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In 2023, Yellen forecasts “much lower inflation.” She is Typically Wrong.


Yellen said last year, before the US lost control of inflation, “I don’t think we’re about to lose control of inflation.”

Janet Yellen, secretary of the Treasury, stated on Sunday that she anticipates “much lower inflation” within the next year. Since joining the Biden administration, the appointee to the Cabinet, however, has been consistently and unjustifiably optimistic about inflation.

In a Sunday appearance on 60 Minutes, Yellen stated, “I believe that by the end of next year, inflation will be much lower, barring any unanticipated shocks.” The secretary cited reduced shipping costs and delivery times as evidence that high prices will soon be a thing of the past.

Yellen made the same forecast last year when inflation was a worrisome 5.4%. Yellen stated in October 2021, “I don’t believe we’re about to lose control of inflation,” implying that the resolution of supply chain issues would tame inflation within a year. However, by June 2022, inflation had reached a 40-year high of 9.1 percent.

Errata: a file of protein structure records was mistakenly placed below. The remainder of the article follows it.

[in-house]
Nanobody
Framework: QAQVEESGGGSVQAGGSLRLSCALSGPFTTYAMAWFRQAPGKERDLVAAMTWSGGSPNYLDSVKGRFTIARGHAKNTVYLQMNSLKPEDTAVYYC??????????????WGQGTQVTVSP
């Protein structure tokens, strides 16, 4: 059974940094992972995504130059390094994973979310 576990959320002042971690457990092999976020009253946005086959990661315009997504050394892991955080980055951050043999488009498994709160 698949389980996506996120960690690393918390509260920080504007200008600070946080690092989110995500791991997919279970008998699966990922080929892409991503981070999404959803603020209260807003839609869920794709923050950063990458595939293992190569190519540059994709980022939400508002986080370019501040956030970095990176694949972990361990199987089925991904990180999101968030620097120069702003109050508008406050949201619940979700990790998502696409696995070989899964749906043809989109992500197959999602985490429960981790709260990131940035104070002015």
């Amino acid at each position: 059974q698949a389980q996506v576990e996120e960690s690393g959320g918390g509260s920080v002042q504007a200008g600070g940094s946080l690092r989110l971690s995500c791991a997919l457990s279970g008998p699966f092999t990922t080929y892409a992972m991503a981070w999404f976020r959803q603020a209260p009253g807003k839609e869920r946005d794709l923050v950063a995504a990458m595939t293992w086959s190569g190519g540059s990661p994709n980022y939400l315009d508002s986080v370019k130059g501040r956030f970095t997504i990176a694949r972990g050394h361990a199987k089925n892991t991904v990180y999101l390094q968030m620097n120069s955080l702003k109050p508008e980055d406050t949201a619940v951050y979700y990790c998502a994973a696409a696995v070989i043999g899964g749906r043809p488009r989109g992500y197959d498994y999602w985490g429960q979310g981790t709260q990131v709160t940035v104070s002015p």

In May 2021, less than two months after Congress passed the $1.9 trillion American Rescue Plan, Yellen predicted there would be no inflation because President Joe Biden’s spending plans were “relatively small in relation to the size of the economy,” an argument that aligned her with administration officials. However, economists have concluded that the American Rescue Plan contributed significantly to inflation.

In June, Yellen apologized for her inaccurate forecasts, admitting she “was wrong… about the path inflation would take.”

Similar to Obama, Biden was unable to accurately predict inflation rates. In July 2021, the president stated that “no serious economist” predicts unchecked inflation in the future.

Alexandra Russel
Alexandra Russel
Highly respected journalist and political commentator with over a decade of experience in the industry. Alex was born and raised in Florida, where she developed a passion for writing at a young age, leading her to pursue a degree in journalism from the University of Florida. After graduation, she worked as a political reporter for several local and national publications before being appointed as the chief editor at Conservative Fix.

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